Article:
Reinforcement of bio-apatite by zinc substitution in the incisor tooth of a prawn

S. Bentov, B. A. Palmer, B. Bar-On, Y. Shelef, E. D. Aflalo, A. Sagi

Research output: Contribution to journalArticlepeer-review

5 Scopus citations

Abstract

Various material-strengthening strategies have evolved in the cuticle and the feeding tools of arthropods. Of particular interest is the crustacean mandible, which is frequently reinforced with calcium phosphate, giving a minerology similar to that of human bones and teeth. We report here a biological strengthening method of apatite by Zn substitution, found in the incisor teeth of the freshwater prawn Macrobrachium rosenbergii. Nanoindentation measurements show a clear positive correlation between the Zn/Ca ratio and the stiffness and hardness of the composite. In the incisor, Zn-substituted apatite forms an internal vertical axis, extending from the sharp outer edges of the tooth to its basal segment. The substitution level in this zone (up to 40%) is very high compared with the levels achieved in synthetic ceramics (<20%). Finite element simulation suggests that the high-Zn axis acts as a unique internal load transfer element, directing stress from the biting cusps to the more compliant underlying layers. In light of the considerable research being invested in developing synthetic calcium phosphate derivatives for human bone and tooth grafts, the innovative mineralogy of the M. rosenbergii incisor may inspire beneficial biomimetic applications. Statement of Significance: The controlled incorporation of impurities into biominerals is a widespread phenomenon in biomineralization that may pave the way to new classes of biomimetic materials. The present study reveals a biogenic mineral of zinc-substituted apatite found in the incisor teeth of a prawn. A clear correlation between zinc substitution level and stiffness and hardness, suggests that zinc substitution serves to mechanically reinforce the bioapatite. The spatial arrangement of the high-zinc apatite unveils a material-level adaptation strategy for tooth fortification, in which the rigid high-Zn structure servs as an internal load-transfer element that transmits the stress directly from the tooth's sharp cusps to the more compliant underlying layers.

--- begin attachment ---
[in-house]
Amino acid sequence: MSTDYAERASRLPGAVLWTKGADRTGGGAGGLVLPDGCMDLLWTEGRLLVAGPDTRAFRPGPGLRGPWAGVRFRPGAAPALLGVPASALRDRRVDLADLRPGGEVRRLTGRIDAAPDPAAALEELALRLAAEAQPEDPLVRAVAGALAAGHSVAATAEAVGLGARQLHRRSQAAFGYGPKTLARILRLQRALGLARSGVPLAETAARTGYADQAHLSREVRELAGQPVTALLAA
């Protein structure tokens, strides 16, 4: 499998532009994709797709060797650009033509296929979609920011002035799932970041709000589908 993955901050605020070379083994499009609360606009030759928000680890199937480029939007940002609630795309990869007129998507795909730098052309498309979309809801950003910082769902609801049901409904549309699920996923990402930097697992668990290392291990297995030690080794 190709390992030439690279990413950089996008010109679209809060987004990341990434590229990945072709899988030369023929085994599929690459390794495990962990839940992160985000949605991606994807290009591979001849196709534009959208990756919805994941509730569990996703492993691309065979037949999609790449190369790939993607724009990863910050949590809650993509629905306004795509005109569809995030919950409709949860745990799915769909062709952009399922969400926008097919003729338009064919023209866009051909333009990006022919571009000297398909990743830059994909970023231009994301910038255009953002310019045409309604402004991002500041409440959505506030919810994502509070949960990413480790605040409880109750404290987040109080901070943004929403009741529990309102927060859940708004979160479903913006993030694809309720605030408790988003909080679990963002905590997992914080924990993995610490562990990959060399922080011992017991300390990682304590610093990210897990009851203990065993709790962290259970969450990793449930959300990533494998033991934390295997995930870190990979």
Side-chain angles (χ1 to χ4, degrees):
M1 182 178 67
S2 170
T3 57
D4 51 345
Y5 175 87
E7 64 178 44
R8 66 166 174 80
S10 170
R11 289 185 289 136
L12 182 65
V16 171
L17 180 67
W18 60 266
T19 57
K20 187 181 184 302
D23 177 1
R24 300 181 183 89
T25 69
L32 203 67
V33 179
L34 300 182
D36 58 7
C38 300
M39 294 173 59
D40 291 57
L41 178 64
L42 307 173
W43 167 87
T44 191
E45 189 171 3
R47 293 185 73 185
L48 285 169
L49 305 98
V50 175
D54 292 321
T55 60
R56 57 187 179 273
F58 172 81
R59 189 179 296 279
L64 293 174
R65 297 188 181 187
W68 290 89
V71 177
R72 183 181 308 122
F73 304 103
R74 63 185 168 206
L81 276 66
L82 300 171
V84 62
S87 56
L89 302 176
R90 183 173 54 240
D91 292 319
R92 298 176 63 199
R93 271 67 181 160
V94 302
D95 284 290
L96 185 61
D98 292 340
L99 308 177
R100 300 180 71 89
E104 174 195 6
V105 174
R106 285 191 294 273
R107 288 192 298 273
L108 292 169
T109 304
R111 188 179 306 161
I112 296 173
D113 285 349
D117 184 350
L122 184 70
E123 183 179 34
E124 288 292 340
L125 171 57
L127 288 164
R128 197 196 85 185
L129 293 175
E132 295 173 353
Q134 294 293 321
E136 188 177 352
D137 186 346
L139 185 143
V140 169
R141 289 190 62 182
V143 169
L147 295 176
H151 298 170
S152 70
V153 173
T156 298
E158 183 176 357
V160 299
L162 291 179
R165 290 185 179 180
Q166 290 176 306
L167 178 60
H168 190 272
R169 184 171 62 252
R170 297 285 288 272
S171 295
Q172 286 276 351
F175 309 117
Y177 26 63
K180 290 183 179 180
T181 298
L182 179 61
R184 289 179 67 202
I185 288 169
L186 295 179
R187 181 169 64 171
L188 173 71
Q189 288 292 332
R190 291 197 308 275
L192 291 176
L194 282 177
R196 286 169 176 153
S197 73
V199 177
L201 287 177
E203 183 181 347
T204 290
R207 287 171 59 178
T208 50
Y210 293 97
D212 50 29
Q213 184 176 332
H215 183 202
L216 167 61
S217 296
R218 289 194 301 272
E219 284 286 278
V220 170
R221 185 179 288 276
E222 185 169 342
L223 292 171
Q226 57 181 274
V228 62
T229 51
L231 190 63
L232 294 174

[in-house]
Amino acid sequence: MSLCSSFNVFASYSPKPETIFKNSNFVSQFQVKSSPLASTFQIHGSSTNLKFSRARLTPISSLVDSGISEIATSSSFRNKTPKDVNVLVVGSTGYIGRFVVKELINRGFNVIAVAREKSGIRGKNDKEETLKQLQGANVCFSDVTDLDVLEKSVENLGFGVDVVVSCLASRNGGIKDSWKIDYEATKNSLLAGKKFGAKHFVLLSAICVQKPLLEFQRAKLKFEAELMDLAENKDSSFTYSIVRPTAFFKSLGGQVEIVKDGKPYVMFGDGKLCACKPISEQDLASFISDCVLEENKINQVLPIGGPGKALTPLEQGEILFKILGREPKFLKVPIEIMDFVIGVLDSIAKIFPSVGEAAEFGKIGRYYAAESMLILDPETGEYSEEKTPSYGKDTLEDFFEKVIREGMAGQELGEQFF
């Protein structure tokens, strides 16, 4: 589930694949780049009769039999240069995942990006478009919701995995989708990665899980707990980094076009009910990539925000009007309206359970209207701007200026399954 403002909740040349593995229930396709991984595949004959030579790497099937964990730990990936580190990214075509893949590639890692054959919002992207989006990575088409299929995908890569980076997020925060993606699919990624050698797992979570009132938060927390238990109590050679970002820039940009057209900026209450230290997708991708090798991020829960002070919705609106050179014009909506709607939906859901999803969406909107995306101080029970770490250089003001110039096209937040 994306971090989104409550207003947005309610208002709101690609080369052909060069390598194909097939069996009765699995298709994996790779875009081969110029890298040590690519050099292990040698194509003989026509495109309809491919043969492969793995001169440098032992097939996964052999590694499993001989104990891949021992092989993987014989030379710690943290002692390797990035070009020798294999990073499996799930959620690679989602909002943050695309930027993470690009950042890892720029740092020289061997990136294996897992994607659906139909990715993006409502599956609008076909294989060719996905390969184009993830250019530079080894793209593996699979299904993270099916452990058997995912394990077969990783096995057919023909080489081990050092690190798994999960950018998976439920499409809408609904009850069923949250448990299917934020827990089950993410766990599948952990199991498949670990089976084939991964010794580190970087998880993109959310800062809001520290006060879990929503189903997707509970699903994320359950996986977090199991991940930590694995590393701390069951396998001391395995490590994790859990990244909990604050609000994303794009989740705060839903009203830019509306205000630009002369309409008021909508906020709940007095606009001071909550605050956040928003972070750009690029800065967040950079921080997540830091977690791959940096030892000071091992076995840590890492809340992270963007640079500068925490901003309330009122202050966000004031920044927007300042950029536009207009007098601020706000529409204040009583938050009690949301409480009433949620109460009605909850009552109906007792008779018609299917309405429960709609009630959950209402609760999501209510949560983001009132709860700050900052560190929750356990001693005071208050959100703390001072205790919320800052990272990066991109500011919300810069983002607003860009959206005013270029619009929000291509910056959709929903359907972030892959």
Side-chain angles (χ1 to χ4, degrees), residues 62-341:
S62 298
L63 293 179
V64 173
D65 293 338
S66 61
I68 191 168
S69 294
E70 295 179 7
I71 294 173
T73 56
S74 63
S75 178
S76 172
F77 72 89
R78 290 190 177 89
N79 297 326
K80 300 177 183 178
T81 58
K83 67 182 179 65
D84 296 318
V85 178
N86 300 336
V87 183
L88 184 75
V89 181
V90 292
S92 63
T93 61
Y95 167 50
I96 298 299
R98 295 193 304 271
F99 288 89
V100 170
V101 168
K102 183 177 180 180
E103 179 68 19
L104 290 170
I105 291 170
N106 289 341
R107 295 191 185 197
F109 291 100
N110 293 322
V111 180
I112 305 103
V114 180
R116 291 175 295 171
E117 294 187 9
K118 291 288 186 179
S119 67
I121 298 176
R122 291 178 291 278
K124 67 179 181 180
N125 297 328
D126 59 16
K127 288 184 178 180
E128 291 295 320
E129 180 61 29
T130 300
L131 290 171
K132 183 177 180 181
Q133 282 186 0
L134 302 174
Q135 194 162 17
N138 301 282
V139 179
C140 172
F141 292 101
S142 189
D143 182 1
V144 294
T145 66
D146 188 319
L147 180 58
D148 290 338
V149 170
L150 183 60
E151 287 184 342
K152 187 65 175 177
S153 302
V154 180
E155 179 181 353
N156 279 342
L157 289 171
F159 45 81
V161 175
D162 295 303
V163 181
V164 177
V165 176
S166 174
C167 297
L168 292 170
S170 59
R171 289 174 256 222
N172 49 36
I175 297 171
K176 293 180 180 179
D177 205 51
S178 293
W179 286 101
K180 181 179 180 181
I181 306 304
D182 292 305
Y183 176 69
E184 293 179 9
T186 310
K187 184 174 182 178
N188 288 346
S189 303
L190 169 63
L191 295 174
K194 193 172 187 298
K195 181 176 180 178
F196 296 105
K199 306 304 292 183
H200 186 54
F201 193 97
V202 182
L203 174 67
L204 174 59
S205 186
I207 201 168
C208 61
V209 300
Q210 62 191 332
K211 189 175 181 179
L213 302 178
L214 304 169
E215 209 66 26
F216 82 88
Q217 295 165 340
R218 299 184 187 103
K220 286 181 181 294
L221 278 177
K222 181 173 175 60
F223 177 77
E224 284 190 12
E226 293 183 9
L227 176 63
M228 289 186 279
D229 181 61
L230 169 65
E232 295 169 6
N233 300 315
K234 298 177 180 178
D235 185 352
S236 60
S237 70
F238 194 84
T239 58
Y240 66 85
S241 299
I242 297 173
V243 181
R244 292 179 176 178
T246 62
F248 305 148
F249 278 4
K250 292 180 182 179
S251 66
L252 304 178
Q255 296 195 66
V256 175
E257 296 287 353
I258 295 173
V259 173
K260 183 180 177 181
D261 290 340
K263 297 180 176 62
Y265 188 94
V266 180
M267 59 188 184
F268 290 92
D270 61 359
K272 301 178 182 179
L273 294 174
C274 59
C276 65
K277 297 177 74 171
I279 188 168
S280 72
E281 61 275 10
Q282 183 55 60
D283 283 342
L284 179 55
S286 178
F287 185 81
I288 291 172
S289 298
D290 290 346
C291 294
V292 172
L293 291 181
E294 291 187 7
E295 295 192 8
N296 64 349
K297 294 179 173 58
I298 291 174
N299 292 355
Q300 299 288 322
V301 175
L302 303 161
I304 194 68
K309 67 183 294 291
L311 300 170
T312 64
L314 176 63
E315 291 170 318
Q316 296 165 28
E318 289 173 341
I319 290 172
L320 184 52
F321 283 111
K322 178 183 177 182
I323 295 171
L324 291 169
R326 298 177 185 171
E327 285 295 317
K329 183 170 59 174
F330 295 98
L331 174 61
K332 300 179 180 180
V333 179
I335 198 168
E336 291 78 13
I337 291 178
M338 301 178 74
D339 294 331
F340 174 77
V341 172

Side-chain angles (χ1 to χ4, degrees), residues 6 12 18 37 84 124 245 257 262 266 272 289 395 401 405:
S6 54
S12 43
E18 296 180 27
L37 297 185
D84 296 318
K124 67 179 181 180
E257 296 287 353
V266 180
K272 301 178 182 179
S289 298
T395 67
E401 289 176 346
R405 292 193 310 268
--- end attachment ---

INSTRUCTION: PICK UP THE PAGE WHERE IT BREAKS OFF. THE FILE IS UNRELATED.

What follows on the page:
Original languageEnglish
Pages (from-to)116-123
Number of pages8
JournalActa Biomaterialia
Volume120
DOIs
StatePublished - 15 Jan 2021

Keywords

  • Apatitereinforcement
  • Biomineralization
  • Teeth-biomechanics
  • Zn-substituted apatite

ASJC Scopus subject areas

  • Biotechnology
  • Biomaterials
  • Biochemistry
  • Biomedical Engineering
  • Molecular Biology

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